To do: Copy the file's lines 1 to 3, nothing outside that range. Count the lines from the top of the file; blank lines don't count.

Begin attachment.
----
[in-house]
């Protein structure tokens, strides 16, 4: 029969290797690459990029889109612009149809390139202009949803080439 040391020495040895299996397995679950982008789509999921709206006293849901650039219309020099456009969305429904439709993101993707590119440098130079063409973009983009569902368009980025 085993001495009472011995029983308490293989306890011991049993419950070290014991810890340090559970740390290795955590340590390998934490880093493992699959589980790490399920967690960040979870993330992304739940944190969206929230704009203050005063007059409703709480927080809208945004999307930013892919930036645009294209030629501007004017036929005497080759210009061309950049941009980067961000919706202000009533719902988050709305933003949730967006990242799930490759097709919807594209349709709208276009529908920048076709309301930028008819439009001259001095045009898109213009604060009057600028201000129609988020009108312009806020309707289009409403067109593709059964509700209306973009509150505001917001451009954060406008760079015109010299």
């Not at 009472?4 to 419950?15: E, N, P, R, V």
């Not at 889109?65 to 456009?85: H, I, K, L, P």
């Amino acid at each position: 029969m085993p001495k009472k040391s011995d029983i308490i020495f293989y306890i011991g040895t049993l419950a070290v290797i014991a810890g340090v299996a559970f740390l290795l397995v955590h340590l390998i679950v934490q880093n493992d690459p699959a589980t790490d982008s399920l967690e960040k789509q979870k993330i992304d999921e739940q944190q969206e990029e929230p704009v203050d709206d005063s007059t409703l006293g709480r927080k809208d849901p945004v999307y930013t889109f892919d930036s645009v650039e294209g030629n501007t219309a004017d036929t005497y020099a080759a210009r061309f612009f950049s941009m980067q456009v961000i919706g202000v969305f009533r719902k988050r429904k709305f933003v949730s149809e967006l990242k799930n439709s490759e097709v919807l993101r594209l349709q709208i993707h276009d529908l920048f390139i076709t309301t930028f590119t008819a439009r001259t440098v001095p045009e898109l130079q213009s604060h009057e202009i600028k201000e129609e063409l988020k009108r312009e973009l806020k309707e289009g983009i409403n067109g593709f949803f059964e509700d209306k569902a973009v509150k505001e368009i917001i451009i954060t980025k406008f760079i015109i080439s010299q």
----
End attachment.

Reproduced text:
[in-house]
């Protein structure tokens, strides 16, 4: 029969290797690459990029889109612009149809390139202009949803080439 040391020495040895299996397995679950982008789509999921709206006293849901650039219309020099456009969305429904439709993101993707590119440098130079063409973009983009569902368009980025 085993001495009472011995029983308490293989306890011991049993419950070290014991810890340090559970740390290795955590340590390998934490880093493992699959589980790490399920967690960040979870993330992304739940944190969206929230704009203050005063007059409703709480927080809208945004999307930013892919930036645009294209030629501007004017036929005497080759210009061309950049941009980067961000919706202000009533719902988050709305933003949730967006990242799930490759097709919807594209349709709208276009529908920048076709309301930028008819439009001259001095045009898109213009604060009057600028201000129609988020009108312009806020309707289009409403067109593709059964509700209306973009509150505001917001451009954060406008760079015109010299």
């Not at 009472?4 to 419950?15: E, N, P, R, V």